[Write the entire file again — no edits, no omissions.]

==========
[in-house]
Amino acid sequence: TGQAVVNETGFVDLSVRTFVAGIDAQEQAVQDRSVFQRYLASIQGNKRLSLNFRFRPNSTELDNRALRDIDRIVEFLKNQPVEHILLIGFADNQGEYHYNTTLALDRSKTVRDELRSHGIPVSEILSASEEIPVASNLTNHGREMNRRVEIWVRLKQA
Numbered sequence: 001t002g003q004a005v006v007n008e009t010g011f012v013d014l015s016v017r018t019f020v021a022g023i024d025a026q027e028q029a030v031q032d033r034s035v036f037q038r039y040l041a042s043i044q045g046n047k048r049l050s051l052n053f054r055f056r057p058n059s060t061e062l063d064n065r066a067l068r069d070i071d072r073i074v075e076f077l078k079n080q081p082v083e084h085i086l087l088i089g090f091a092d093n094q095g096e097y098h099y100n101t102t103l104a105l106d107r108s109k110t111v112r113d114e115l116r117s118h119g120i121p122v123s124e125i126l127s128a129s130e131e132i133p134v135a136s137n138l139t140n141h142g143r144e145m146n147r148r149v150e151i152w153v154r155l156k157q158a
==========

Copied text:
[in-house]
Amino acid sequence: TGQAVVNETGFVDLSVRTFVAGIDAQEQAVQDRSVFQRYLASIQGNKRLSLNFRFRPNSTELDNRALRDIDRIVEFLKNQPVEHILLIGFADNQGEYHYNTTLALDRSKTVRDELRSHGIPVSEILSASEEIPVASNLTNHGREMNRRVEIWVRLKQA
Numbered sequence: 001t002g003q004a005v006v007n008e009t010g011f012v013d014l015s016v017r018t019f020v021a022g023i024d025a026q027e028q029a030v031q032d033r034s035v036f037q038r039y040l041a042s043i044q045g046n047k048r049l050s051l052n053f054r055f056r057p058n059s060t061e062l063d064n065r066a067l068r069d070i071d072r073i074v075e076f077l078k079n080q081p082v083e084h085i086l087l088i089g090f091a092d093n094q095g096e097y098h099y100n101t102t103l104a105l106d107r108s109k110t111v112r113d114e115l116r117s118h119g120i121p122v123s124e125i126l127s128a129s130e131e132i133p134v135a136s137n138l139t140n141h142g143r144e145m146n147r148r149v150e151i152w153v154r155l156k157q158a